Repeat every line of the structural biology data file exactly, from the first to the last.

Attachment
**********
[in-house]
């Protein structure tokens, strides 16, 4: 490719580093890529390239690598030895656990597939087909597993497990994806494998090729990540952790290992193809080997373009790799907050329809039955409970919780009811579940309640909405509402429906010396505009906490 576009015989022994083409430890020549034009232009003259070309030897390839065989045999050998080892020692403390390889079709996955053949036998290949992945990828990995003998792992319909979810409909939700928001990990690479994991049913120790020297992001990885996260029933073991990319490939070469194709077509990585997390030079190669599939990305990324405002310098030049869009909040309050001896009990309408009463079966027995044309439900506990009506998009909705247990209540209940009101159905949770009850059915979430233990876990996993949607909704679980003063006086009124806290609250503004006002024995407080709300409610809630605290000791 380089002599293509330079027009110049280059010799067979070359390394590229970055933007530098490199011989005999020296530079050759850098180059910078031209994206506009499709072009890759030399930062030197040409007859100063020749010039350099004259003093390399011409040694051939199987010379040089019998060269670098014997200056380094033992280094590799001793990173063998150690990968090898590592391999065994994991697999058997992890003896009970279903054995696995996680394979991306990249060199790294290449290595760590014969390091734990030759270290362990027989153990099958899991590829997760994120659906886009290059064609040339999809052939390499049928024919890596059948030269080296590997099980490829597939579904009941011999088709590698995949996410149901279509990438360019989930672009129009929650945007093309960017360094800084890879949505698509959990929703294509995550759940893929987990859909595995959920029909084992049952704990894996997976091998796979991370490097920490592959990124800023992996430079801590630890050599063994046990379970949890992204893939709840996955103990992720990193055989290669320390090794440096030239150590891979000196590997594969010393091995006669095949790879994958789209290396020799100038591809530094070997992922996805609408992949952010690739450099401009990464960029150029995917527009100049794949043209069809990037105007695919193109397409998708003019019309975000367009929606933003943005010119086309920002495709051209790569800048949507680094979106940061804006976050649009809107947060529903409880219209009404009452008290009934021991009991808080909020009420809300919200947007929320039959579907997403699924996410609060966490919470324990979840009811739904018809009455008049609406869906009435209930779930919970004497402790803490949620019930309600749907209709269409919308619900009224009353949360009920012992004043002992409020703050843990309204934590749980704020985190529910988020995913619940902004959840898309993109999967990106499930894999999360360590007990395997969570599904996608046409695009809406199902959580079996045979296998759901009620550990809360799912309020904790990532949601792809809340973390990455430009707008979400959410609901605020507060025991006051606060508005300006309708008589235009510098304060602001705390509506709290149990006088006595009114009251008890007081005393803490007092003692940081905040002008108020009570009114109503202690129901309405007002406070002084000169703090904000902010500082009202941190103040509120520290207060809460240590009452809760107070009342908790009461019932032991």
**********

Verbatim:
[in-house]
């Protein structure tokens, strides 16, 4: 490719580093890529390239690598030895656990597939087909597993497990994806494998090729990540952790290992193809080997373009790799907050329809039955409970919780009811579940309640909405509402429906010396505009906490 576009015989022994083409430890020549034009232009003259070309030897390839065989045999050998080892020692403390390889079709996955053949036998290949992945990828990995003998792992319909979810409909939700928001990990690479994991049913120790020297992001990885996260029933073991990319490939070469194709077509990585997390030079190669599939990305990324405002310098030049869009909040309050001896009990309408009463079966027995044309439900506990009506998009909705247990209540209940009101159905949770009850059915979430233990876990996993949607909704679980003063006086009124806290609250503004006002024995407080709300409610809630605290000791 380089002599293509330079027009110049280059010799067979070359390394590229970055933007530098490199011989005999020296530079050759850098180059910078031209994206506009499709072009890759030399930062030197040409007859100063020749010039350099004259003093390399011409040694051939199987010379040089019998060269670098014997200056380094033992280094590799001793990173063998150690990968090898590592391999065994994991697999058997992890003896009970279903054995696995996680394979991306990249060199790294290449290595760590014969390091734990030759270290362990027989153990099958899991590829997760994120659906886009290059064609040339999809052939390499049928024919890596059948030269080296590997099980490829597939579904009941011999088709590698995949996410149901279509990438360019989930672009129009929650945007093309960017360094800084890879949505698509959990929703294509995550759940893929987990859909595995959920029909084992049952704990894996997976091998796979991370490097920490592959990124800023992996430079801590630890050599063994046990379970949890992204893939709840996955103990992720990193055989290669320390090794440096030239150590891979000196590997594969010393091995006669095949790879994958789209290396020799100038591809530094070997992922996805609408992949952010690739450099401009990464960029150029995917527009100049794949043209069809990037105007695919193109397409998708003019019309975000367009929606933003943005010119086309920002495709051209790569800048949507680094979106940061804006976050649009809107947060529903409880219209009404009452008290009934021991009991808080909020009420809300919200947007929320039959579907997403699924996410609060966490919470324990979840009811739904018809009455008049609406869906009435209930779930919970004497402790803490949620019930309600749907209709269409919308619900009224009353949360009920012992004043002992409020703050843990309204934590749980704020985190529910988020995913619940902004959840898309993109999967990106499930894999999360360590007990395997969570599904996608046409695009809406199902959580079996045979296998759901009620550990809360799912309020904790990532949601792809809340973390990455430009707008979400959410609901605020507060025991006051606060508005300006309708008589235009510098304060602001705390509506709290149990006088006595009114009251008890007081005393803490007092003692940081905040002008108020009570009114109503202690129901309405007002406070002084000169703090904000902010500082009202941190103040509120520290207060809460240590009452809760107070009342908790009461019932032991």